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Bankruptcy Lawsuits

Bankruptcy Lawsuits

Trustees sue Greenwich Capital, lenders

February 16, 2007


photo of Patrick Crowley
Trustees in the bankruptcy cases of two failed mortgage lenders are taking other mortgage lenders to court — hoping to collect more money for distribution to creditors.A U.S. Bankruptcy Court judge in Delaware ruled that George Miller, the trustee for bankrupt American Business Financial Services, can proceed with lawsuits against Greenwich Capital — a unit of the Royal Bank of Scotland Group — and Ocwen Financial Corp.

However, Miller’s claims of fraud against Greenwich were tossed out by Judge Mary Walrath.

Miller accused Greenwich of fraud for receiving nearly $16 million in fees for providing credit to American Business Financial during the bankruptcy. Greenwich also bought assets that included loan servicing rights during the Chapter 11 bankruptcy case.

“The court concludes that the trustee has failed to plead a claim of common law fraud on the court,” Walrath wrote in the 37-page opinion. “The court will dismiss the common law fraud.”

But Walrath is allowing Miller to move forward with his lawsuit accusing seven former officers and directors of Greenwich of breeching their fiduciary duty and conflicts of interest in the case.

In court papers, Miller claims Greenwich undersold assets and “remained mute” about the asset’s true value. Ocwen is accused of aiding and abetting Greenwich in its alleged deception.

“The court concludes that the trustee has stated a claim for aiding and abetting a breach of fiduciary duty,” Walrath ruled. “Accordingly, the court will not dismiss this claim against Greenwich.”

In court filings Greenwich and Ocwen have denied wrongdoing.

The ruling could be good news for creditors seeking payment before Greenwich gets money from the Chapter 11 bankruptcy.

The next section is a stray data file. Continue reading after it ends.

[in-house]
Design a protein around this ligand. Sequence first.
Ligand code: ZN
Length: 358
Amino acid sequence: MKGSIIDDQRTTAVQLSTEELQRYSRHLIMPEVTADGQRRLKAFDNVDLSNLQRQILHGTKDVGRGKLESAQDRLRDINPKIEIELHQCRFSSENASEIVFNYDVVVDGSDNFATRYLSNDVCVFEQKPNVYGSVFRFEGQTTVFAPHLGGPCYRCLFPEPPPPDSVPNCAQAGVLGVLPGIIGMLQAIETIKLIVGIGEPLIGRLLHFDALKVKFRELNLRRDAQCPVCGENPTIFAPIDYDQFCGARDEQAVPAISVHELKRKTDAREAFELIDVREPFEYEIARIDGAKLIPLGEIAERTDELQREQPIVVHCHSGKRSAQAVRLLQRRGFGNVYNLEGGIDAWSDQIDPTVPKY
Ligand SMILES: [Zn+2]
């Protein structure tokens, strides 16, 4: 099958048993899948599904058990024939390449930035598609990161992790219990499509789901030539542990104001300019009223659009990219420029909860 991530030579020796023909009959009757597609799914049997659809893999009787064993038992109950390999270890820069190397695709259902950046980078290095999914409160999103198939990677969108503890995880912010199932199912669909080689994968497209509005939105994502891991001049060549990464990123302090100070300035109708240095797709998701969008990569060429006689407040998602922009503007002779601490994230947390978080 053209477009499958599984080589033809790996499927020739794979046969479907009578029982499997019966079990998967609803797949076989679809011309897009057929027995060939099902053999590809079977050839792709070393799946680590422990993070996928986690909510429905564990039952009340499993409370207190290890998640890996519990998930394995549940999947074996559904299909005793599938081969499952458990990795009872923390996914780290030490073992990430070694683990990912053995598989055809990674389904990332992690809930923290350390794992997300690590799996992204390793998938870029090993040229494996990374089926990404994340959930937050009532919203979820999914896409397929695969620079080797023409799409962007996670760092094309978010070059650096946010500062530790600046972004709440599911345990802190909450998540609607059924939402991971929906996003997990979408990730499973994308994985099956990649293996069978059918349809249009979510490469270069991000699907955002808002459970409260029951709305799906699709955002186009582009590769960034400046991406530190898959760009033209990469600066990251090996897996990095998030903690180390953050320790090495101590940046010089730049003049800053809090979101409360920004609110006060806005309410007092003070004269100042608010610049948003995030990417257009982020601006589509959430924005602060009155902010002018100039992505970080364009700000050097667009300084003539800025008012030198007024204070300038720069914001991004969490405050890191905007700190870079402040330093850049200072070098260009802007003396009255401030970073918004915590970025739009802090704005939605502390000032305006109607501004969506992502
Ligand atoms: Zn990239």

The judge is also allowing Miller to continue to try and prove some of fraud charges she dismissed involving Greenwich’s management and board.

“To the extent the trustee can establish in this case that those officers and directors breached their fiduciary duty and that Greenwich aided and abetted them, the court can grant appropriate relief against Greenwich,” the judge said.

American Business Financial Services filed for bankruptcy in 2005. Thousands of investors who bought notes from the company are still owed up to half a billion dollars.

In an unrelated case, Washington Mutual, National City, Countrywide Home Loans and several other lenders are facing court scrutiny over the loans they made to NJ Affordable Homes.

Securities regulators alleged the owner of NJ operated a mortgage financing scam that took in 490 investors — promising as much as 20 percent returns. The agency filed an emergency action to halt the “fraudulent unregistered offerings of securities and an ongoing Ponzi scheme” orchestrated by NJ, according to a written statement the federal agency issued at the time.

NJ’s bankruptcy trustee filed about 250 complaints in bankruptcy court against the lenders who approved loans to NJ and against the investors who allowed NJ to put properties in their names.

The trustee alleged lenders ignored numerous warning signs in the lending process and failed to conduct due diligence. The lenders were also accused of violating their own internal guidelines in making the loans.

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